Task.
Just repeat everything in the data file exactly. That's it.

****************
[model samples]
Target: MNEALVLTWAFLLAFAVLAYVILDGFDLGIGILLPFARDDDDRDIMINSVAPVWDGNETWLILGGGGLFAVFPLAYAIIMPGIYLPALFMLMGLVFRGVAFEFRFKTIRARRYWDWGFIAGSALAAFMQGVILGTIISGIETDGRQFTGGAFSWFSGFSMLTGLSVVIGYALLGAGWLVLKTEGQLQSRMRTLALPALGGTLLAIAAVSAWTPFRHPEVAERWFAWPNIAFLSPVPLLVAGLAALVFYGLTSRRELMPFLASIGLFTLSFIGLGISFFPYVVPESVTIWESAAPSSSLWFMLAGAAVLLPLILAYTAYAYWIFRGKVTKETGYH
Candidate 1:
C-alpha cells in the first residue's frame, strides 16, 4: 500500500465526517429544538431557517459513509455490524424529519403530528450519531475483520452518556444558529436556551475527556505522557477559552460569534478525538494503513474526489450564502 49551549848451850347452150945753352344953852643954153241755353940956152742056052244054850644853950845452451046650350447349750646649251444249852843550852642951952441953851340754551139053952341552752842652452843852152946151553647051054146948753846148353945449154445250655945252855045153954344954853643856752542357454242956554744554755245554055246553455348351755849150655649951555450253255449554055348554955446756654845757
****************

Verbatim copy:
[model samples]
Target: MNEALVLTWAFLLAFAVLAYVILDGFDLGIGILLPFARDDDDRDIMINSVAPVWDGNETWLILGGGGLFAVFPLAYAIIMPGIYLPALFMLMGLVFRGVAFEFRFKTIRARRYWDWGFIAGSALAAFMQGVILGTIISGIETDGRQFTGGAFSWFSGFSMLTGLSVVIGYALLGAGWLVLKTEGQLQSRMRTLALPALGGTLLAIAAVSAWTPFRHPEVAERWFAWPNIAFLSPVPLLVAGLAALVFYGLTSRRELMPFLASIGLFTLSFIGLGISFFPYVVPESVTIWESAAPSSSLWFMLAGAAVLLPLILAYTAYAYWIFRGKVTKETGYH
Candidate 1:
C-alpha cells in the first residue's frame, strides 16, 4: 500500500465526517429544538431557517459513509455490524424529519403530528450519531475483520452518556444558529436556551475527556505522557477559552460569534478525538494503513474526489450564502 49551549848451850347452150945753352344953852643954153241755353940956152742056052244054850644853950845452451046650350447349750646649251444249852843550852642951952441953851340754551139053952341552752842652452843852152946151553647051054146948753846148353945449154445250655945252855045153954344954853643856752542357454242956554744554755245554055246553455348351755849150655649951555450253255449554055348554955446756654845757